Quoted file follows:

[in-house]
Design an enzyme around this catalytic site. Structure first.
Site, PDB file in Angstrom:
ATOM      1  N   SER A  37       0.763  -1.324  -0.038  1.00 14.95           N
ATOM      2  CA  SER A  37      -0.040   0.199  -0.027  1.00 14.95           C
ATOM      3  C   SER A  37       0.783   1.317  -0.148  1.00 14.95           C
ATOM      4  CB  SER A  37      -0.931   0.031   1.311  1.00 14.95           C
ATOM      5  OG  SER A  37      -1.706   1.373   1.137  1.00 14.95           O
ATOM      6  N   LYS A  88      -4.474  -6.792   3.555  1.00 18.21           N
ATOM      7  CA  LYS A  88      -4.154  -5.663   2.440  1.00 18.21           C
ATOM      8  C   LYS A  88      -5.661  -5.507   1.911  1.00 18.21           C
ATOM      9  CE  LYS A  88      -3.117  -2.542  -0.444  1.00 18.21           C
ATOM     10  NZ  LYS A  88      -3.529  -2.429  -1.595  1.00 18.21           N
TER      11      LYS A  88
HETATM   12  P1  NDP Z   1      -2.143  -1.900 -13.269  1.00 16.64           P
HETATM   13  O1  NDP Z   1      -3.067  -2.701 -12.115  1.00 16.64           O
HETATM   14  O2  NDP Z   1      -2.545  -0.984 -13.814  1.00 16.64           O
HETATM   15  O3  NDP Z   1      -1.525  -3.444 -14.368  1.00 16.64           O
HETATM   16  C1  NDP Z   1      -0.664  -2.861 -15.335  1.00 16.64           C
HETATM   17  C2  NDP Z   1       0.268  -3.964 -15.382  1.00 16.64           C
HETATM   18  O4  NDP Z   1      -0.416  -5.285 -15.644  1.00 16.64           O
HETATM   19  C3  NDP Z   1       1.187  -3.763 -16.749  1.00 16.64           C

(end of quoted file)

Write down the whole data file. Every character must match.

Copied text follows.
[in-house]
Design an enzyme around this catalytic site. Structure first.
Site, PDB file in Angstrom:
ATOM      1  N   SER A  37       0.763  -1.324  -0.038  1.00 14.95           N
ATOM      2  CA  SER A  37      -0.040   0.199  -0.027  1.00 14.95           C
ATOM      3  C   SER A  37       0.783   1.317  -0.148  1.00 14.95           C
ATOM      4  CB  SER A  37      -0.931   0.031   1.311  1.00 14.95           C
ATOM      5  OG  SER A  37      -1.706   1.373   1.137  1.00 14.95           O
ATOM      6  N   LYS A  88      -4.474  -6.792   3.555  1.00 18.21           N
ATOM      7  CA  LYS A  88      -4.154  -5.663   2.440  1.00 18.21           C
ATOM      8  C   LYS A  88      -5.661  -5.507   1.911  1.00 18.21           C
ATOM      9  CE  LYS A  88      -3.117  -2.542  -0.444  1.00 18.21           C
ATOM     10  NZ  LYS A  88      -3.529  -2.429  -1.595  1.00 18.21           N
TER      11      LYS A  88
HETATM   12  P1  NDP Z   1      -2.143  -1.900 -13.269  1.00 16.64           P
HETATM   13  O1  NDP Z   1      -3.067  -2.701 -12.115  1.00 16.64           O
HETATM   14  O2  NDP Z   1      -2.545  -0.984 -13.814  1.00 16.64           O
HETATM   15  O3  NDP Z   1      -1.525  -3.444 -14.368  1.00 16.64           O
HETATM   16  C1  NDP Z   1      -0.664  -2.861 -15.335  1.00 16.64           C
HETATM   17  C2  NDP Z   1       0.268  -3.964 -15.382  1.00 16.64           C
HETATM   18  O4  NDP Z   1      -0.416  -5.285 -15.644  1.00 16.64           O
HETATM   19  C3  NDP Z   1       1.187  -3.763 -16.749  1.00 16.64           C